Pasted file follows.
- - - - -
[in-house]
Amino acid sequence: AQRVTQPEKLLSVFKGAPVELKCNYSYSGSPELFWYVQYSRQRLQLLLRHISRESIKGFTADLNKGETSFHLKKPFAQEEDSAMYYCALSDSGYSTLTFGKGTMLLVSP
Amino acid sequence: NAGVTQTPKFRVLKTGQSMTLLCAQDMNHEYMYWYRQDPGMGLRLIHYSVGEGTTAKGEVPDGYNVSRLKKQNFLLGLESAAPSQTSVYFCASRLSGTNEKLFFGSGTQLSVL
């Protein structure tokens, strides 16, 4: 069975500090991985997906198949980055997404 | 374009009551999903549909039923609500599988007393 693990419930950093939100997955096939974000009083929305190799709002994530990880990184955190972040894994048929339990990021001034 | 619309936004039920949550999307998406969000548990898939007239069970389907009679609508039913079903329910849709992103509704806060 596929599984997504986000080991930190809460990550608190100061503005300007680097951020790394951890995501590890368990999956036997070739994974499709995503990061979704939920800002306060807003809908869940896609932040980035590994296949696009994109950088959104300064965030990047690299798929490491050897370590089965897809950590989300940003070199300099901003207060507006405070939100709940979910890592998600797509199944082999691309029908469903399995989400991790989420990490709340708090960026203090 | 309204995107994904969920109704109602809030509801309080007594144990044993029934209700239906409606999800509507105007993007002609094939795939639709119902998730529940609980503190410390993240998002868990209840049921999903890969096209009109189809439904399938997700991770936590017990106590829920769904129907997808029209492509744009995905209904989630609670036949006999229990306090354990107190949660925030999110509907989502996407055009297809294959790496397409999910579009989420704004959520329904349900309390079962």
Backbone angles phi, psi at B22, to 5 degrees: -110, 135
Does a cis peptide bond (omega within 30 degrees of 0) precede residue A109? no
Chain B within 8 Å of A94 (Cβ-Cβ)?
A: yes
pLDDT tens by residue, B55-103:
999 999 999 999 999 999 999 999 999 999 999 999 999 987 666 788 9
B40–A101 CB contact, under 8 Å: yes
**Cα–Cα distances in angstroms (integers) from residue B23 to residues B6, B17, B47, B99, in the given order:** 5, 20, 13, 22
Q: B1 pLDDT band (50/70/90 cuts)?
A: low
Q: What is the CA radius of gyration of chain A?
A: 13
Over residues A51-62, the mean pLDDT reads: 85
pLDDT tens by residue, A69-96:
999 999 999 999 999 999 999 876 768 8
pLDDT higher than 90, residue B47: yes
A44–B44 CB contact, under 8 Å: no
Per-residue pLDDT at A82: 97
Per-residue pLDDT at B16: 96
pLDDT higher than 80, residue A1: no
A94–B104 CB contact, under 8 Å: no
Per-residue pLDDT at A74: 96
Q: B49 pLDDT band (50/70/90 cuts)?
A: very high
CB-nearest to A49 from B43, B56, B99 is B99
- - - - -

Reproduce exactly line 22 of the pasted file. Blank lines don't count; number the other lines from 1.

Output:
Per-residue pLDDT at A82: 97